I started with a full charge of the about 6 months old lithium ion battery and rode off into the haze through the Hutongs of Beijing, passing Tianamen Square and back to Dongzhimen.

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Me, my clothes and water bottle made 90 kg payload. There was not much wind and temperature was around 20 Degree Celsius (that defines the battery capacity, which is lower at low temperatures). The route taken was quite flat and speed was sometimes limited by the traffic. As a result, the range was a surprising 33.2 km on electric drive. Then the engine suddenly fainted and I only had to make a few hundred meters on a conventional bicycle. Looking at the GPS track below (red line in the map), there is one outlier in the measurement which goes up to 120 km/h, which is of course an error. You can go quite continously at around 20 km/h and the average moving speed is with 13 km/h about what you can make with a car in Beijing. Quite good. Impressed.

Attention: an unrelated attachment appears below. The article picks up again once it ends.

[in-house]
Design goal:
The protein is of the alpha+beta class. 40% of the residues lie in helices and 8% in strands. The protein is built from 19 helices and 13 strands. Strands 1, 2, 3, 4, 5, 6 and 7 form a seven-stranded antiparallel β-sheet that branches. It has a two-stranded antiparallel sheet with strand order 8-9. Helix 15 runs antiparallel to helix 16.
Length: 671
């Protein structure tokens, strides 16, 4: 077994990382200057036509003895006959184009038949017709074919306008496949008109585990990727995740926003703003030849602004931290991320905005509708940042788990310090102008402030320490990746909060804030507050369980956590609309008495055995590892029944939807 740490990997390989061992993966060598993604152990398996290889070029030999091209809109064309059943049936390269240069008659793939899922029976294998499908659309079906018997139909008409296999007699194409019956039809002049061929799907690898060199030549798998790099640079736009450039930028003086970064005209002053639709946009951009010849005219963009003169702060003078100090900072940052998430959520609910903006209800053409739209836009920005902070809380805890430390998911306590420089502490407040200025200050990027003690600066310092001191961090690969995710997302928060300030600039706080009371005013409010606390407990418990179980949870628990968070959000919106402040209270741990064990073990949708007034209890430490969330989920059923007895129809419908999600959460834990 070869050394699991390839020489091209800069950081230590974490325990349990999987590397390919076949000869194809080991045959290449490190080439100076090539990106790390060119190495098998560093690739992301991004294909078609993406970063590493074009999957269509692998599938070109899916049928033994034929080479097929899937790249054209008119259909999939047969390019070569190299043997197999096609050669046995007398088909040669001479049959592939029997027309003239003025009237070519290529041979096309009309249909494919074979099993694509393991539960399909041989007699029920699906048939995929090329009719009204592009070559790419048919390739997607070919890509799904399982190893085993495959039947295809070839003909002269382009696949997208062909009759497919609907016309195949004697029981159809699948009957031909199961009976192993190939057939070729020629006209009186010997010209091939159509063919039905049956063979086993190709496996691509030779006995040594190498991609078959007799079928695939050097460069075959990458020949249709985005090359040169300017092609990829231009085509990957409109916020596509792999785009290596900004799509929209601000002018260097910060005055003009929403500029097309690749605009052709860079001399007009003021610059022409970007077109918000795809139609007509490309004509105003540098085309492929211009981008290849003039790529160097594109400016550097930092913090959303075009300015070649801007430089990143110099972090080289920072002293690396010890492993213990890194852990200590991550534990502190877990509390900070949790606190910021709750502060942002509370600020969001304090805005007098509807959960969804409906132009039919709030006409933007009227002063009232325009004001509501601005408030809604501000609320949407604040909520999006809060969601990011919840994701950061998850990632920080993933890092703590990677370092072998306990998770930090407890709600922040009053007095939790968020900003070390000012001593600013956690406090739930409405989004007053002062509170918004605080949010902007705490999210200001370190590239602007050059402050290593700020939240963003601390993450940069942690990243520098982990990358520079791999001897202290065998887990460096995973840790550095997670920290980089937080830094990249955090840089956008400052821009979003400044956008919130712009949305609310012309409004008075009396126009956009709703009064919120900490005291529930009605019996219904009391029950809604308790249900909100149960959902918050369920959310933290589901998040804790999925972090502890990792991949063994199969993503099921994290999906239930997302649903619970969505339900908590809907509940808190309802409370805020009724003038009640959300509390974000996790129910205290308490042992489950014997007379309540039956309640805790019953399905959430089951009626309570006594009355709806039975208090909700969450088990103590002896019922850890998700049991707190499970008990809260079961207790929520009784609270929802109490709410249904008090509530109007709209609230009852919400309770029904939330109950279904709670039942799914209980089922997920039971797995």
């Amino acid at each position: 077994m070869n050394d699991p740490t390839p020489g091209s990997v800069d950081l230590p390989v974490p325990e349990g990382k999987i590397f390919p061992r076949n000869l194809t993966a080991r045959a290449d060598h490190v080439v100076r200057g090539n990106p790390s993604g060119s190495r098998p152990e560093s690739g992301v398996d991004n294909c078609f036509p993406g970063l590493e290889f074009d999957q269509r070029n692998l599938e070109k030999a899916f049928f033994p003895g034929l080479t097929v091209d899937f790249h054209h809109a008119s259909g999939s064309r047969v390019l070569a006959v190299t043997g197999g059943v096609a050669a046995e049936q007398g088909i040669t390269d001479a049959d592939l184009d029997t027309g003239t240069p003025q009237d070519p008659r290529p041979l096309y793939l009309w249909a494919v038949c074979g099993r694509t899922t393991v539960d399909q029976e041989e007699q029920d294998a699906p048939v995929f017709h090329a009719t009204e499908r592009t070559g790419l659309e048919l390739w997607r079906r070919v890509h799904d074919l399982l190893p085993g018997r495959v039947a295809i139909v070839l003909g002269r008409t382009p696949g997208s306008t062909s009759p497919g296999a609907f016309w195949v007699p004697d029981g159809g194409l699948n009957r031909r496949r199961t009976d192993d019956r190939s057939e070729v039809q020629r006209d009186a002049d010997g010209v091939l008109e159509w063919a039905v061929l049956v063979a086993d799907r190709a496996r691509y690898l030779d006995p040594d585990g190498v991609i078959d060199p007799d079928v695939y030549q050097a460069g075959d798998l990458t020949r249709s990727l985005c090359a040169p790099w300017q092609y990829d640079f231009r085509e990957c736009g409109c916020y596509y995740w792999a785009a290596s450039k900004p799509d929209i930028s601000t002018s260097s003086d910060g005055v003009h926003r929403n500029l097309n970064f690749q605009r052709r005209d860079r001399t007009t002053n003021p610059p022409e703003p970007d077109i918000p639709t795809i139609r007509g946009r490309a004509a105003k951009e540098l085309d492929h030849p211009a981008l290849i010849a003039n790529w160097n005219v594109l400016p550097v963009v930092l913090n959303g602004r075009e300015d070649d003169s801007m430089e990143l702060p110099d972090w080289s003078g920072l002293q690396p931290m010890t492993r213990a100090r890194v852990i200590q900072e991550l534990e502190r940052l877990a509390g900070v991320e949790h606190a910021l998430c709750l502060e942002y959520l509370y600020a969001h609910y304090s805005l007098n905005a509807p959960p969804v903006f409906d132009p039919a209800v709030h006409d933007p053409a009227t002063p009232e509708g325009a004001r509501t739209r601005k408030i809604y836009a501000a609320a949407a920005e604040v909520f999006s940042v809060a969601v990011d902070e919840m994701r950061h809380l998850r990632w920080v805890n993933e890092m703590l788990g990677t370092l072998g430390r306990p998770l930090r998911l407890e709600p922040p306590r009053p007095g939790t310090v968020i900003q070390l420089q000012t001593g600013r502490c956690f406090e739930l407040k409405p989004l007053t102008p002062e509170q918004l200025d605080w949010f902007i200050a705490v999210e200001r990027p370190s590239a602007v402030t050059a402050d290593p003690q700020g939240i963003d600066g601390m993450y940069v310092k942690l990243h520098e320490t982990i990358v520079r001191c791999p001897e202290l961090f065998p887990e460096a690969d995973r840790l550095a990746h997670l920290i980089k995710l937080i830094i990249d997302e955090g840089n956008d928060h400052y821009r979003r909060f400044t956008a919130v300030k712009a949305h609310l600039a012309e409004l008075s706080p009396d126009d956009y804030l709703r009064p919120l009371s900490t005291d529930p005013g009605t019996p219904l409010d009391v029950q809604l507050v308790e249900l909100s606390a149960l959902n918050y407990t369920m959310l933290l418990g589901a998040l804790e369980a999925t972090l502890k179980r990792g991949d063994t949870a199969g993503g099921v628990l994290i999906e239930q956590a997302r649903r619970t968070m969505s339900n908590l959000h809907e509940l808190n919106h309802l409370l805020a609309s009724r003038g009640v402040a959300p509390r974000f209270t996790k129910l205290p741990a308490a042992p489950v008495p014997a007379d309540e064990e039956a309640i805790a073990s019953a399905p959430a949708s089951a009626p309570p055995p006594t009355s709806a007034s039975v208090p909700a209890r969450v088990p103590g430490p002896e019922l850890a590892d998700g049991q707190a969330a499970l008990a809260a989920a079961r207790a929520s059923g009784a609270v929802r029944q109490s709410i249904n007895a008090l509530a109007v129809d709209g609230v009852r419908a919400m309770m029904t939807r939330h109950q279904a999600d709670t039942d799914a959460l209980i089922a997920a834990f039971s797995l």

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Little journey to the West

One advantage of Beijing is, that you can easily get out. The Megcity has mountains in the North and West, which mark a sharp boundary between 1950s style coal power plants and a beautiful natural landscape. You might want to avoid tourist destinations, but still use public transport. And actually, this is quite well possible.